A Two-Week Bolivia Itinerary For Adventurers • The Blonde Abroad

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Two Week Bolivia Itinerary Adventurous

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Sarah Ketchum is detailing the ultimate adventurous two-week itinerary for Bolivia!

Looking for a trip where you’ll see some unbelievable natural wonders, go on awesome adventures, experience a vibrant culture, and not break the bank? Then look no further than the beautiful country of Bolivia!

When I first moved to La Paz, Bolivia in 2016 for a teaching job, I didn’t really know what to expect. I quickly fell in love with this country’s rich culture and natural beauty. For travelers who love to explore and are seeking an off-the-beaten-path experience in South America, I highly recommend a trip to Bolivia.

If you’re up for an adventure, this jam-packed itinerary will show you how to spend two weeks in Bolivia having the time of your life!

Before You Go

Bolivia is an awesome country, but, as with any trip, especially one to a developing country, flexibility is key to your enjoyment.

Sometimes buses run late, roads are closed, and plans get delayed. Stay positive and remember that the unexpected parts of your journey are often the moments that make the best memories!

Following this itinerary, you will be seeing a lot of different parts of the country, meaning that you will be moving from city to city quite often. As such, I suggest packing in a very portable suitcase; something lightweight or even a backpack would be perfect. It will make moving between locations much easier.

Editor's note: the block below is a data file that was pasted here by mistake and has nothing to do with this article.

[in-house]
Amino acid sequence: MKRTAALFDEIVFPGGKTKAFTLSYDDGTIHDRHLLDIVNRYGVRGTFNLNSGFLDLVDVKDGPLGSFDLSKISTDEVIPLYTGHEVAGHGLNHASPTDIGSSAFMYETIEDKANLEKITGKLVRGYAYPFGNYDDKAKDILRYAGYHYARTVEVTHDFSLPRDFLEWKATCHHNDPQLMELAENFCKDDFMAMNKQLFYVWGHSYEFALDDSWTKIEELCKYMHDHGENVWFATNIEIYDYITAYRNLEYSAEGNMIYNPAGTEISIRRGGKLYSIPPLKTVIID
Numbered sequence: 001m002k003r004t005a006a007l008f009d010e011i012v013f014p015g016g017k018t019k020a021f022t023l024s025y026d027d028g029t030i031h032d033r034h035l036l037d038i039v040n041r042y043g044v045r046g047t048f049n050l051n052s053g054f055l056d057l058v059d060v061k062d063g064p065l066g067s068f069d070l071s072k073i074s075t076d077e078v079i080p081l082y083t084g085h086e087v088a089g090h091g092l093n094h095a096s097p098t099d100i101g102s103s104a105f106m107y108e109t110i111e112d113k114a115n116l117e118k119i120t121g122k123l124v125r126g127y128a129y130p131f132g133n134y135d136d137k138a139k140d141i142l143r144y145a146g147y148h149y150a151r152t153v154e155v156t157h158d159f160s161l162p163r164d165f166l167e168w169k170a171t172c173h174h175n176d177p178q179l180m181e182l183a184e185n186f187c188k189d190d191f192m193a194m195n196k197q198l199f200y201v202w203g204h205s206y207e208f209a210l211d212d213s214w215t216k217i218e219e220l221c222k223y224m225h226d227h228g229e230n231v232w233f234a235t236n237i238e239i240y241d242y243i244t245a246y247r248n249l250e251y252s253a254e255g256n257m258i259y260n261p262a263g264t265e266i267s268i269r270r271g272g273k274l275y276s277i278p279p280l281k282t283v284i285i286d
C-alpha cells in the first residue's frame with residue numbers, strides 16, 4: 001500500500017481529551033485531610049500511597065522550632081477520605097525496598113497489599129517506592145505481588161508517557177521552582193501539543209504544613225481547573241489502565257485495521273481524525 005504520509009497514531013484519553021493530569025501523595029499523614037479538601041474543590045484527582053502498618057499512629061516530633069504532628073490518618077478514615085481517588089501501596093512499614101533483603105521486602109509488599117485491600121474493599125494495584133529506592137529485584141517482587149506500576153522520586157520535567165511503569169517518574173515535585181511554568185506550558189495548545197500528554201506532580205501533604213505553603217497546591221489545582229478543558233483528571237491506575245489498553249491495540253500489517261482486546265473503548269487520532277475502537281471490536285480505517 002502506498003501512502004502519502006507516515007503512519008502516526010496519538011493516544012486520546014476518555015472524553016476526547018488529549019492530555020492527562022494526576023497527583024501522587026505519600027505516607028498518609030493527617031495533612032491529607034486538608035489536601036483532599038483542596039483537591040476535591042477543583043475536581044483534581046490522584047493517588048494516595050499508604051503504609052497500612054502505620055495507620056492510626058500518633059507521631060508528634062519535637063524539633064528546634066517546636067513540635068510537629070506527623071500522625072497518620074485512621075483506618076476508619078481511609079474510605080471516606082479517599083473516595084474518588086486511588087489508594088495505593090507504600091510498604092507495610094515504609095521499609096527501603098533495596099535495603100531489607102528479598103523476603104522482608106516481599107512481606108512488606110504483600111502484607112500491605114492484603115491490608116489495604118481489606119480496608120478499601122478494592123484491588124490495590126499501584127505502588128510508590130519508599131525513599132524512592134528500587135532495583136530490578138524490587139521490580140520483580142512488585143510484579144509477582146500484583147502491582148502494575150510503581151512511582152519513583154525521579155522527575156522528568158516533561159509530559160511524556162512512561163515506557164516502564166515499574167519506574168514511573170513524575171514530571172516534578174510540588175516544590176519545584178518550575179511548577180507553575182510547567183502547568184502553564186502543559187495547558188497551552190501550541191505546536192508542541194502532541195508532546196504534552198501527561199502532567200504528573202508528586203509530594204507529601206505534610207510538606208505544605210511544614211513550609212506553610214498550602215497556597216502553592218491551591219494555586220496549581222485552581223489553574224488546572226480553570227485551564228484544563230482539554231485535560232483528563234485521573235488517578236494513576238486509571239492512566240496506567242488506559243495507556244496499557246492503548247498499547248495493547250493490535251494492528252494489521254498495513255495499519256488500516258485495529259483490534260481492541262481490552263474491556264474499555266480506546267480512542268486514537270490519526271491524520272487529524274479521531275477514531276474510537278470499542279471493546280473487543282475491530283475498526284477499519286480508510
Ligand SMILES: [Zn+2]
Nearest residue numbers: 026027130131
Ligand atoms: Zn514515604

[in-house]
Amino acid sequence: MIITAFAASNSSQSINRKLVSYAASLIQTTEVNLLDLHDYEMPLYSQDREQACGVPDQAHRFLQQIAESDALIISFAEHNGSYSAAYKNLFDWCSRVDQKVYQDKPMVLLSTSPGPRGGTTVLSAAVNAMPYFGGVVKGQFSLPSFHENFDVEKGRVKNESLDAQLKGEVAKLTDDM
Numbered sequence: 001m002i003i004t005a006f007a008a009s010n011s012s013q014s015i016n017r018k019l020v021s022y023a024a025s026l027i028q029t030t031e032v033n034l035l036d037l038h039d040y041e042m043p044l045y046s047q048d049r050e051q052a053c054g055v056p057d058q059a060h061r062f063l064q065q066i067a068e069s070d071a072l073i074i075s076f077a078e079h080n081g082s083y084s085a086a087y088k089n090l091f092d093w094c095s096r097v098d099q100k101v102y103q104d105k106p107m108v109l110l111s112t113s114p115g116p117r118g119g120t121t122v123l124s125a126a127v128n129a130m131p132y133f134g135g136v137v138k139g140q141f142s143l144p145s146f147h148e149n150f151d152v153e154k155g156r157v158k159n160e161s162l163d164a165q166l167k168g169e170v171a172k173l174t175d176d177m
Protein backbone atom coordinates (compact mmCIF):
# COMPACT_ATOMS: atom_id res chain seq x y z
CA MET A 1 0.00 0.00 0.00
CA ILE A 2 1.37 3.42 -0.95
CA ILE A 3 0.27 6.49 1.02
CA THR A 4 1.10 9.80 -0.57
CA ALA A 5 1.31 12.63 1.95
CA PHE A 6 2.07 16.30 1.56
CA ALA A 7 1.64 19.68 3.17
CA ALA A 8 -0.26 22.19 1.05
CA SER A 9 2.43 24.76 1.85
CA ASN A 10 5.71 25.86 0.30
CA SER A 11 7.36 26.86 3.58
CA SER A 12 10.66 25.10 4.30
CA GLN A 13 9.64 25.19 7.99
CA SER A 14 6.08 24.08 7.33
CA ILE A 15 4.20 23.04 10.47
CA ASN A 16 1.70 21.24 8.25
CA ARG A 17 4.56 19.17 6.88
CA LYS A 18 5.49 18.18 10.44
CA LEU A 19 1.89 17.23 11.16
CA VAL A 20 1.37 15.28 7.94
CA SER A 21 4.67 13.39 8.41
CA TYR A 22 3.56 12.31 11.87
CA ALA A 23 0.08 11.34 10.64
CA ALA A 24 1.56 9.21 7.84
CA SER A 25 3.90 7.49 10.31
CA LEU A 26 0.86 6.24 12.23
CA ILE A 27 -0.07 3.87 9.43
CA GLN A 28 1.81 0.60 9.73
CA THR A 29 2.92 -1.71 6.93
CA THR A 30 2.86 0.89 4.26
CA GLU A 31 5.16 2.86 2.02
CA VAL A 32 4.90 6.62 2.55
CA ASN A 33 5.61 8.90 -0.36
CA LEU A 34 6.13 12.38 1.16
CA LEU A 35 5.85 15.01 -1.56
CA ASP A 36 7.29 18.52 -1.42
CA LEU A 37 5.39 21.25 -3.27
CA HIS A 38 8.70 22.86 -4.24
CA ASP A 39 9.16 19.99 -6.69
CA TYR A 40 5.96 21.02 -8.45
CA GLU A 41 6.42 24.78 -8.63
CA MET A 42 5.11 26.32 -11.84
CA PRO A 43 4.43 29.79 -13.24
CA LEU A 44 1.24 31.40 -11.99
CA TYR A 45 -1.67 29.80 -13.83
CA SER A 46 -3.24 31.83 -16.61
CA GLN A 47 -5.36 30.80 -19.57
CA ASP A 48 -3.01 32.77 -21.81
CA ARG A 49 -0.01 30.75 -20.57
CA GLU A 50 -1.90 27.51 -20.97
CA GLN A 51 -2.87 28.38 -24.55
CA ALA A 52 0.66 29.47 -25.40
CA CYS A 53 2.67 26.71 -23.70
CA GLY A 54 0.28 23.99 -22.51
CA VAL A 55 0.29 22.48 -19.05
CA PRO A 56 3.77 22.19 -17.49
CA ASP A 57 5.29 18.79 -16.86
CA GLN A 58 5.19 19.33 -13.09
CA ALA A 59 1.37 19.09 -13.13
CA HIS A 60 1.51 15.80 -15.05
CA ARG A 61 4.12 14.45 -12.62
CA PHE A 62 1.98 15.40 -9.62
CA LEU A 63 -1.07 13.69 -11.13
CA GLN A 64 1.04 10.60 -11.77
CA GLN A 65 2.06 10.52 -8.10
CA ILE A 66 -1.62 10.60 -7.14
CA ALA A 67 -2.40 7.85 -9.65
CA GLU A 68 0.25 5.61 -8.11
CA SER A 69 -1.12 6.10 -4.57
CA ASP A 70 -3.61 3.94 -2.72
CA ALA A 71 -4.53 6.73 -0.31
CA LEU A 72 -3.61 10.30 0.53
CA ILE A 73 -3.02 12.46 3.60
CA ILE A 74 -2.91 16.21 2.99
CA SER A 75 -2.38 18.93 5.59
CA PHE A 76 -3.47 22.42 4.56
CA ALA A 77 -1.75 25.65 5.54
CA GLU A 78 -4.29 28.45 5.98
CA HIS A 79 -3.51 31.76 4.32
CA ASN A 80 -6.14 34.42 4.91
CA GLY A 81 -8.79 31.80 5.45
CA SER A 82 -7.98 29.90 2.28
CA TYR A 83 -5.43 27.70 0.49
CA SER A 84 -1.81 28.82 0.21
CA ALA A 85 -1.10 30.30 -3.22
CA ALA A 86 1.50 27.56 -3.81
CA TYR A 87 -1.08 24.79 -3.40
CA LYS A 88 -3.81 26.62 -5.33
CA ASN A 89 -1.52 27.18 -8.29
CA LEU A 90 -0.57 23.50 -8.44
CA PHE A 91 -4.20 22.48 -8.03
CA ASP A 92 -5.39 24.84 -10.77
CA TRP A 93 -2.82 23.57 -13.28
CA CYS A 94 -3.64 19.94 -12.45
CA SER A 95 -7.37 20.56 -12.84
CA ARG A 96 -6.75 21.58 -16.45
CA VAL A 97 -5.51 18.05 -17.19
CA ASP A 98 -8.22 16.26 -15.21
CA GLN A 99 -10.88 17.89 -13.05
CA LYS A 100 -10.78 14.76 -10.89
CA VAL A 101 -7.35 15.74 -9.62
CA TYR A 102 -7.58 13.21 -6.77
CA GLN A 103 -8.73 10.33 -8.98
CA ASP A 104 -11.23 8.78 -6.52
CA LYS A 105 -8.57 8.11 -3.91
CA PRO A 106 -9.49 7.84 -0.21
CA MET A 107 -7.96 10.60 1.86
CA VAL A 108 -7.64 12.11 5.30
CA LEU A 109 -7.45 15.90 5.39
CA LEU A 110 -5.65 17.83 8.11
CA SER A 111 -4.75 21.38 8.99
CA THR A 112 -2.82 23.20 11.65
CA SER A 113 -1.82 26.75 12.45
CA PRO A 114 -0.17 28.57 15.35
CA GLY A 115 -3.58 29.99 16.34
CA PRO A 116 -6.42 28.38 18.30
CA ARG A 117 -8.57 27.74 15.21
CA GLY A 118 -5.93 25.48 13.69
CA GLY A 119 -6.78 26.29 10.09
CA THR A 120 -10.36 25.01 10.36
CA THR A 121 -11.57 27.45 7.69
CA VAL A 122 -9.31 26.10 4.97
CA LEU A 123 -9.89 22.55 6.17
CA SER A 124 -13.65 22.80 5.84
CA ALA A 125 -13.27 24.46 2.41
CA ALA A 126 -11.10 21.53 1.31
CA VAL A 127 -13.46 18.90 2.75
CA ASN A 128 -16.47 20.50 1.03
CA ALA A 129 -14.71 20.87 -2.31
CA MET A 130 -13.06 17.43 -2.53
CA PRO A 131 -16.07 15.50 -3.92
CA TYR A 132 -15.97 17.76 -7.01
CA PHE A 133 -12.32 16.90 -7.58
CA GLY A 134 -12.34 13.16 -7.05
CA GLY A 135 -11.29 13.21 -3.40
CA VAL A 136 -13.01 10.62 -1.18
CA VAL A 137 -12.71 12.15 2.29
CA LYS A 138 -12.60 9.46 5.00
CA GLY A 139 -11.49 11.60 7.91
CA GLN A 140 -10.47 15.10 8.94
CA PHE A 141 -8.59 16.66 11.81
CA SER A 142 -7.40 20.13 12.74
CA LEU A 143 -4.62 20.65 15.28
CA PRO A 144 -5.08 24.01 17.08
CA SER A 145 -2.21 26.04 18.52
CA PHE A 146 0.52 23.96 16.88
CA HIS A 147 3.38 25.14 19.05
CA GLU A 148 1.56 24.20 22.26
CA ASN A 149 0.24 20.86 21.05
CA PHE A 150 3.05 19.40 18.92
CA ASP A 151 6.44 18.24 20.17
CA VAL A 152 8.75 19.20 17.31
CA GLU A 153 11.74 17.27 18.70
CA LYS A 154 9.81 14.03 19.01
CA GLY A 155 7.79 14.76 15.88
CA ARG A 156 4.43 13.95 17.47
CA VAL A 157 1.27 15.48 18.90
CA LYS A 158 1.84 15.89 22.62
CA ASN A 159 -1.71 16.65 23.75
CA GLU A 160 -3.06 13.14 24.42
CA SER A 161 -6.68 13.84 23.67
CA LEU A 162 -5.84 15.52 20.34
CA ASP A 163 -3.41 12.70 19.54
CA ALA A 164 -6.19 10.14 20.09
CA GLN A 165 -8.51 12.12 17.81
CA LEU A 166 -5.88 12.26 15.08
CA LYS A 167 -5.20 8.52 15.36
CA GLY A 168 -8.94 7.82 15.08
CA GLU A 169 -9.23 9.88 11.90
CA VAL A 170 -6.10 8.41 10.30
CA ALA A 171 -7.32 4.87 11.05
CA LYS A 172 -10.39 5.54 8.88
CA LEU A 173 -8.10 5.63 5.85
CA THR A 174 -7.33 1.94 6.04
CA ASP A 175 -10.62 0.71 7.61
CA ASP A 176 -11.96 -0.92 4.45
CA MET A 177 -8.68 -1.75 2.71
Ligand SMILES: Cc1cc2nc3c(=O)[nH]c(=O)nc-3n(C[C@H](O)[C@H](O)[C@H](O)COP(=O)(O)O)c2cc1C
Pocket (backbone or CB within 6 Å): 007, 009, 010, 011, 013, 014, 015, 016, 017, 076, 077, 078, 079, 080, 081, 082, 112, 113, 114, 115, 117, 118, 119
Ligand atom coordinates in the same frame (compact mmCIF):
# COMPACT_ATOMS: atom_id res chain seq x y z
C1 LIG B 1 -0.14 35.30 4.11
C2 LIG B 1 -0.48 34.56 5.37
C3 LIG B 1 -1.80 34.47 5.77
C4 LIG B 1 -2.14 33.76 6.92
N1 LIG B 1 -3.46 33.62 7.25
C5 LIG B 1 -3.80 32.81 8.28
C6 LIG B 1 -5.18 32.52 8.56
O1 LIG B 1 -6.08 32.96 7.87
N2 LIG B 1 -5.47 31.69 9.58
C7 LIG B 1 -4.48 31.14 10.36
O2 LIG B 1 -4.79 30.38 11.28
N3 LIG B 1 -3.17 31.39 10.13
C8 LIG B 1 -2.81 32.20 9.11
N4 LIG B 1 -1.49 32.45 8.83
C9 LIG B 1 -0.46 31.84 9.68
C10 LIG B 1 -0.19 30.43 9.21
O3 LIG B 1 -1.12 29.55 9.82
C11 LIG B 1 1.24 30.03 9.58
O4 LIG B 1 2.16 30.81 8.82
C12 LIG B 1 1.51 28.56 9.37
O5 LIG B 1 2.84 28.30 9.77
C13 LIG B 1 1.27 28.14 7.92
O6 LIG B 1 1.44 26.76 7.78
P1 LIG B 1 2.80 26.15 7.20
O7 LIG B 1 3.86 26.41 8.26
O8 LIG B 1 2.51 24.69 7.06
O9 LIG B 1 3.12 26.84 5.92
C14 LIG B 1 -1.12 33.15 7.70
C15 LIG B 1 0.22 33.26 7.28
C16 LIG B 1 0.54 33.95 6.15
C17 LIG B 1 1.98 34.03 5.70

This itinerary involves using a lot of public transportation throughout Bolivia. You can read more about how to stay safe while doing so, and more basic tips and tricks for traveling in Bolivia, here.

When planning your trip to Bolivia, remember that the winter months from May through October are colder, but drier, while the summer months from November through April are warmer but much rainier. Plan and pack accordingly!

La Paz Bolivia

Day 1 – Arrive in La Paz

You’ll start your Bolivian journey in La Paz, most likely with a flight into El Alto International Airport (LPB). Sitting at 13,325 ft (4,061 m) above sea level, it is the highest international airport in the world.

That being said, make sure you stay hydrated on your flight so that when you land you won’t be overcome by altitude sickness.

For visitors that aren’t used to such a height, the altitude can lead to mental lapses as well as physical discomfort, so please, don’t forget your bags at the airport! (You’d be surprised how often that happens.)

Once you have your bags, you’ll head outside and be greeted by a view of Huayna Potosí, one of the peaks in the surrounding mountain range. Grab an official taxi and head to your hotel.

If you’re anything like me, your next step will be a nice long nap to continue allowing your body to adjust, followed by a delicious dinner somewhere nearby.

You can read more about the various forms of public transportation in La Paz, as well as great options for accommodations, activities, and restaurants in my local’s guide to La Paz!

A Local’s Guide to La Paz, Bolivia

Outdoor adventures, mountain views, authentic culture, and delicious food await the traveler who ventures to this incredible Bolivian city in South America.

Read More

Day 2 – Explore La Paz

Time to explore one of the world’s coolest cities! Hop on the teleférico, shop on Calle Sagarnaga, wander down Calle Jaén, catch a soccer game, hike in the Valle de la Luna, and munch on a salteña or two!

Need more ideas for what to see and do in La Paz? Check out this guide.

Day 3 – Relax in Copacabana

The charming lakeside town of Copacabana sits a few hours away from La Paz on the shores of the world’s highest navigable lake, Lake Titicaca.